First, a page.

Hank Gets Tough on Banks (albeit too late)

It seems that Hank Paulson thinks (correctly) that some of the banks needing the cash from preferred share purchase should die or merge with another bank. This makes perfect sense because America had way too many banks to begin with (8,000 FDIC members) and many were poorly capitalized from the start. These banks began to pop up all over the country due to lax formation rules and convoluted regulatory procedures that catered to people with the right connections. Typically former bank executives would secure a few investors and strike out on his own hoping to steal customers from his former employer and make a profit for himself in the process. The problem was the FDIC approval gave consumers a false sense that the bank management was competent and genuinely had the customers’ best interests in heart. Too often the banks made loans to fellow good ol’ boys and similar demographics to create private bank feel and boost their egos.

Fast forward to 2007: As business slowed and companies laid off workers, the “good” loans began to run later and later. Mr. Bank CEO does not want to call his friend about the $50k credit line or foreclose on his friend’s $500k home so he gives his friend time to make up the difference. In early 2008 too much time passes and the loans begin to default. In the meantime the Bank CEO’s friend has purchased a $250k condo downtown and abandoned the half-million dollar home which is now only worth $350k. He does this because he is afraid that he will get fired from his job so he wants to stack as much cash as possible before the other shoe drops. Meanwhile, the Bank CEO has to freeze the overdrawn credit line and foreclose on the home which leaves the bank holding onto at least $500k in bad debt. Repeat this process about 20-30 times per bank and you begin to see why the $700B bail out was invented.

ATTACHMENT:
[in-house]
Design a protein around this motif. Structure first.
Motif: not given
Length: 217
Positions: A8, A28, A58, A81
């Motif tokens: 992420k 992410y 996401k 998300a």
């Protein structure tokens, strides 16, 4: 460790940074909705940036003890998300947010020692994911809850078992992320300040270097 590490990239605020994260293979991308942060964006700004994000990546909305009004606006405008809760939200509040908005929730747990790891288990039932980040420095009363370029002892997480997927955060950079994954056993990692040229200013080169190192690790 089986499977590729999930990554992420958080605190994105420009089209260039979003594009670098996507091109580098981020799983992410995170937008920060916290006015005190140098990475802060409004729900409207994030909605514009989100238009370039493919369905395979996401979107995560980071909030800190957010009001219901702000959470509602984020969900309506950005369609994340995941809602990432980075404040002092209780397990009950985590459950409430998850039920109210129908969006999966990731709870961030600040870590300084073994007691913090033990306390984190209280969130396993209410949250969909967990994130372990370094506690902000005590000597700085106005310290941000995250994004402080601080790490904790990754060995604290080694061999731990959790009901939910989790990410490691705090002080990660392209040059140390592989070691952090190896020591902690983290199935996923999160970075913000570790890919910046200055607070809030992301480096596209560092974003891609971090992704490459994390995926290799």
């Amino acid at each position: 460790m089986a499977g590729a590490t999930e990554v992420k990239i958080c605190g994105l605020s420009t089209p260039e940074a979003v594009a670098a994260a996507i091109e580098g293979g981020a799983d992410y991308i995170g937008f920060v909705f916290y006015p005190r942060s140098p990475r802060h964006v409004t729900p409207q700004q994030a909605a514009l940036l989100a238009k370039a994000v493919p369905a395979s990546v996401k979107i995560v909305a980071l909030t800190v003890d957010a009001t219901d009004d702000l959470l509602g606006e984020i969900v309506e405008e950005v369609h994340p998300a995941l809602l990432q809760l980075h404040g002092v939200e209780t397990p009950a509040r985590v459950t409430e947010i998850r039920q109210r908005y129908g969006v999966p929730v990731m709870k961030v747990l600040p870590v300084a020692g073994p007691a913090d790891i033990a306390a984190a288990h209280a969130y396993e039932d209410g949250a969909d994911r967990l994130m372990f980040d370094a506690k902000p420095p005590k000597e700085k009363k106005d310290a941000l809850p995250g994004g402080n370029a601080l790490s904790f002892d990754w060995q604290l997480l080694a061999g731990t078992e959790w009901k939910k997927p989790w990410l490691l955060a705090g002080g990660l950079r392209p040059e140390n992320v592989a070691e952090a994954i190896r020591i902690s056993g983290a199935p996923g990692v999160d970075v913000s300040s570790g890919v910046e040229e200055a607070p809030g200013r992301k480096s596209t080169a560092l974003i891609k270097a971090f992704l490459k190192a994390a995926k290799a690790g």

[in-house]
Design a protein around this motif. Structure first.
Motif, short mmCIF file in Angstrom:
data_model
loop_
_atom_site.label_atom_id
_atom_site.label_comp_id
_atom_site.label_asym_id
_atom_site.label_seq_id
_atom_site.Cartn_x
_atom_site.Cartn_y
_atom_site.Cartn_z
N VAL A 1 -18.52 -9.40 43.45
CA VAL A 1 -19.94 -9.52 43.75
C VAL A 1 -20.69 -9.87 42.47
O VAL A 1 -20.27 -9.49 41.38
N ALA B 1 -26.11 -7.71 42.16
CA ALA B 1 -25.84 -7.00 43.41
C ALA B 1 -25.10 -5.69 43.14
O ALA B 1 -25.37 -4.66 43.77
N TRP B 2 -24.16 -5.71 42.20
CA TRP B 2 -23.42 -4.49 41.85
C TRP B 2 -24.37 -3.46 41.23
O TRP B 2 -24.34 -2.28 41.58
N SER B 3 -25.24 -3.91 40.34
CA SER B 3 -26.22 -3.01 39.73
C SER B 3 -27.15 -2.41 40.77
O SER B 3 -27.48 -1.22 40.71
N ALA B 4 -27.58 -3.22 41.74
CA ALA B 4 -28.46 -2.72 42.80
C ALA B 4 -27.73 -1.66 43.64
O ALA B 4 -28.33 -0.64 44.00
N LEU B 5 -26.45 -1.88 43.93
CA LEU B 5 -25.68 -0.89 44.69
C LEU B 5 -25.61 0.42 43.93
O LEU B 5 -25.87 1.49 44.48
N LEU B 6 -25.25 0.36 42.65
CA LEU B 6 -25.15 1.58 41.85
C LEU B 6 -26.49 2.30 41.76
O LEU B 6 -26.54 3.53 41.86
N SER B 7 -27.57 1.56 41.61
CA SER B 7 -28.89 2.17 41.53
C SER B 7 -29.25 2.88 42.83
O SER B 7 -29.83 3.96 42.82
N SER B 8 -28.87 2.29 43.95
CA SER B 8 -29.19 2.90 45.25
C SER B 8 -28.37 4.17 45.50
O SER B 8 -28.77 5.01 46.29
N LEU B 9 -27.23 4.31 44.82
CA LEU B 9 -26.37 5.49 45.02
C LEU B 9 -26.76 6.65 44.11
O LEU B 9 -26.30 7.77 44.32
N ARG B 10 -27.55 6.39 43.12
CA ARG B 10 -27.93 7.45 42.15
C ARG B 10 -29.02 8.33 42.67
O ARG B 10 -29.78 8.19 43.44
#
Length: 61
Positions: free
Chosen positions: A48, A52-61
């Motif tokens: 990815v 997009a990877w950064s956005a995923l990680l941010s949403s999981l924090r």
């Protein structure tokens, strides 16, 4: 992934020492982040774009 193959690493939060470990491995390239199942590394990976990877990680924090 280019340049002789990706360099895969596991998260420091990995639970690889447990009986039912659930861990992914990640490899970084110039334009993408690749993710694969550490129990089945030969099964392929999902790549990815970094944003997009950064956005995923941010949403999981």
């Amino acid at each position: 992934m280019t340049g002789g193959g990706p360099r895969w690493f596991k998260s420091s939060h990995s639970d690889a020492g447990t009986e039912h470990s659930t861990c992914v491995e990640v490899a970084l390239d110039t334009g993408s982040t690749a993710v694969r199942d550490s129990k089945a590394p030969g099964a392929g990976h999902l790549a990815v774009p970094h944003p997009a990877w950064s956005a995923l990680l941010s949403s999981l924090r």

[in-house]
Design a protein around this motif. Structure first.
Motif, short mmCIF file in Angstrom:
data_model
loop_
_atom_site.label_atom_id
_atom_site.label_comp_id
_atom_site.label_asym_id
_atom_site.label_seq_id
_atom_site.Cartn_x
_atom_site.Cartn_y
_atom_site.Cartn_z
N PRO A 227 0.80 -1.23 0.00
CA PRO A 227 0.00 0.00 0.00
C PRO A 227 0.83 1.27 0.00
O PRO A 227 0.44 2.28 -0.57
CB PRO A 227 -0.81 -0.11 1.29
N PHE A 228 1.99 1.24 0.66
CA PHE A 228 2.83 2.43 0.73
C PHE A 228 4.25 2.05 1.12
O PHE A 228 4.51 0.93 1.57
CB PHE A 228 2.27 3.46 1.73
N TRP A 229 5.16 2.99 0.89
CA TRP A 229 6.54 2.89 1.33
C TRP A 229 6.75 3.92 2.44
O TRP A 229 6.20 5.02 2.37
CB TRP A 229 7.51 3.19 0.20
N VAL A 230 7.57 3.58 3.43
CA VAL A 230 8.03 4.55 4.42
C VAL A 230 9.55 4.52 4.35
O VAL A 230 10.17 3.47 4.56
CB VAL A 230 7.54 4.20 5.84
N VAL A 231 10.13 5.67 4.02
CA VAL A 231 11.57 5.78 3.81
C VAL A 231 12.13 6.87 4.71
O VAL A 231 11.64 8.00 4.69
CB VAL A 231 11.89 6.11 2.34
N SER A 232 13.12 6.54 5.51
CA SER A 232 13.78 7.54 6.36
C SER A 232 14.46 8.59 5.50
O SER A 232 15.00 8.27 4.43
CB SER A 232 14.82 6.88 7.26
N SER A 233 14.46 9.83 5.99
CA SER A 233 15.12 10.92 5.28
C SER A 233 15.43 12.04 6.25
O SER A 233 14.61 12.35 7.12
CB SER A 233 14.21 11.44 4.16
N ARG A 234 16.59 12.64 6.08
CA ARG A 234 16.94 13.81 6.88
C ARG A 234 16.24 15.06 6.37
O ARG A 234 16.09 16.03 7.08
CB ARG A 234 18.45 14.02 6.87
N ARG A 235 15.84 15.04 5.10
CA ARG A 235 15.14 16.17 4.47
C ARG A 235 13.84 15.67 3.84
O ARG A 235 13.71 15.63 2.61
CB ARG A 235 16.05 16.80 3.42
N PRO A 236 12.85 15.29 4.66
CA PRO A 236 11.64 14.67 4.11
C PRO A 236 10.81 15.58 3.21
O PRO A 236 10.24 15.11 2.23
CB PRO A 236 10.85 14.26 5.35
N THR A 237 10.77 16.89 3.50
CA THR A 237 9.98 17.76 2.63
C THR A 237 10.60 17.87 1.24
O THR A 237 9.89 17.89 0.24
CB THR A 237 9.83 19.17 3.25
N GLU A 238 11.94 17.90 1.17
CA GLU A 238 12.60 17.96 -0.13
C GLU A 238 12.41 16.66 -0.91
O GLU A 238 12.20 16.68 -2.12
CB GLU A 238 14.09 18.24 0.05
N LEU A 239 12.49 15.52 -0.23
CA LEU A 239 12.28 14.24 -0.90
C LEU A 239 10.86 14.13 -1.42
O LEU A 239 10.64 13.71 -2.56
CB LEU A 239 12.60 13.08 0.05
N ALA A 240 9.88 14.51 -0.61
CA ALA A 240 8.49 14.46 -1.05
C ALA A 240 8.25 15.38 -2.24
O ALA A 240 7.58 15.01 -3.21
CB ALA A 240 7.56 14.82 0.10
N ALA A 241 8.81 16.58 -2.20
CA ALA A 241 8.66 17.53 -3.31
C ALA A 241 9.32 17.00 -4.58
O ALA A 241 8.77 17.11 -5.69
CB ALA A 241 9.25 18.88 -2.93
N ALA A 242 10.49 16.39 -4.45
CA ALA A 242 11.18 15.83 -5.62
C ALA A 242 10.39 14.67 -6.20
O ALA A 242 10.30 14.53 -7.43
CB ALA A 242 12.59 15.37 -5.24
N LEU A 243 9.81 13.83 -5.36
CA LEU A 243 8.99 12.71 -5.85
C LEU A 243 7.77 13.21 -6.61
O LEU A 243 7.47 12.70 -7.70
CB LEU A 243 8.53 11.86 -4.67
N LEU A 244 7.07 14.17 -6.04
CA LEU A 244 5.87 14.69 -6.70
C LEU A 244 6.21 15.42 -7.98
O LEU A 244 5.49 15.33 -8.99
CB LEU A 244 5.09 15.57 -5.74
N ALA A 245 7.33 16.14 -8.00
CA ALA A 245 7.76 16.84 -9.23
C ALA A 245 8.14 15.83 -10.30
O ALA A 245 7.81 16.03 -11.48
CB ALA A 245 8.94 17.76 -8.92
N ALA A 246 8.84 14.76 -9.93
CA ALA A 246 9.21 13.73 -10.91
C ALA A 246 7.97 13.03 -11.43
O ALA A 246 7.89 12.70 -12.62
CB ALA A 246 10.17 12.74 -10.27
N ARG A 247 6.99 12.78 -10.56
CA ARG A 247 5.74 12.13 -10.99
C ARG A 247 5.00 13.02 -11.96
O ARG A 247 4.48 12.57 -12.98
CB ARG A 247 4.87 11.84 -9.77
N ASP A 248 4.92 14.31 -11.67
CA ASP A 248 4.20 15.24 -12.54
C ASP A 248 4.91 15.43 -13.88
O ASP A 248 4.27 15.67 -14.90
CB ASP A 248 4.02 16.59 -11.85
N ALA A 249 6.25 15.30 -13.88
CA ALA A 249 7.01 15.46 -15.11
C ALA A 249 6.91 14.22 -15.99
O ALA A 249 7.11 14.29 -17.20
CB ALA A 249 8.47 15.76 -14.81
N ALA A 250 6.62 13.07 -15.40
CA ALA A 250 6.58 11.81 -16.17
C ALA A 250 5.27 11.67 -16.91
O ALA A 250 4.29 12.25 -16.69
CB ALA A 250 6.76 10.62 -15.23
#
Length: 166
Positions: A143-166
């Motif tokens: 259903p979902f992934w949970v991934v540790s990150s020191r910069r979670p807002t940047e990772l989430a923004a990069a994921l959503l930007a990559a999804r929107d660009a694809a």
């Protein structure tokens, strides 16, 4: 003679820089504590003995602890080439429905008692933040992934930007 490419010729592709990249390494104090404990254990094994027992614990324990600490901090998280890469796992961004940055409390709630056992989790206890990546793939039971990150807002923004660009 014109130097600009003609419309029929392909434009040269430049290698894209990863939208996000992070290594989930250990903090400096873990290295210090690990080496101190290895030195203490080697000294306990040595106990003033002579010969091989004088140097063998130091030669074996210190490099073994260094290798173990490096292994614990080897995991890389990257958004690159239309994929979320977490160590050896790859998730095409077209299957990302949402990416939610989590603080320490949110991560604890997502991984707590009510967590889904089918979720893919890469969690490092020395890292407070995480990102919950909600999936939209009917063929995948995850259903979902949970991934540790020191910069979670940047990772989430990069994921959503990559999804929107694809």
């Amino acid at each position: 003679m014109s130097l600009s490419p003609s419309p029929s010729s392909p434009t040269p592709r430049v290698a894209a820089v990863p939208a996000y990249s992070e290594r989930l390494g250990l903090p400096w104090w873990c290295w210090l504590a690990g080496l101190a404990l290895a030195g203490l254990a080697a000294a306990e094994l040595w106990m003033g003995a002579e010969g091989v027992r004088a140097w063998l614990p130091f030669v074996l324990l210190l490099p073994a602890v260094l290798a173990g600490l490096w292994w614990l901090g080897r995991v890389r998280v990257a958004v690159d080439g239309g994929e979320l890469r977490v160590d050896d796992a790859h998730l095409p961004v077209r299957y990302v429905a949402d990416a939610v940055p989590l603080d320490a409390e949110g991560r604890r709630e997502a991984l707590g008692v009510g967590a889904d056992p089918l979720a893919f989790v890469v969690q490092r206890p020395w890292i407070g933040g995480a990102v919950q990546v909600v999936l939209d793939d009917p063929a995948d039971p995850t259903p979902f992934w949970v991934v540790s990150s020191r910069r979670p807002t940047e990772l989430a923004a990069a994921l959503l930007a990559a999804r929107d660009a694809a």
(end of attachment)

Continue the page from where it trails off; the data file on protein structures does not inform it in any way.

English Philosopher Herbert Spencer coined the phrase “survival of the fittest” after reading Darwin’s On the Origin of Species. This is exactly how the Treasury should see the remaining banks in its system. There should be no money given to banks that are on the verge of collapse or are too small to compete on a regional level. Merge or die. What Paulson did not want to do was for banks to use the Treasury cash to fund these acquisitions. He should have placed stronger stipulations during negotiations with these banks. Be careful what you wish for Hank, you just might get it.

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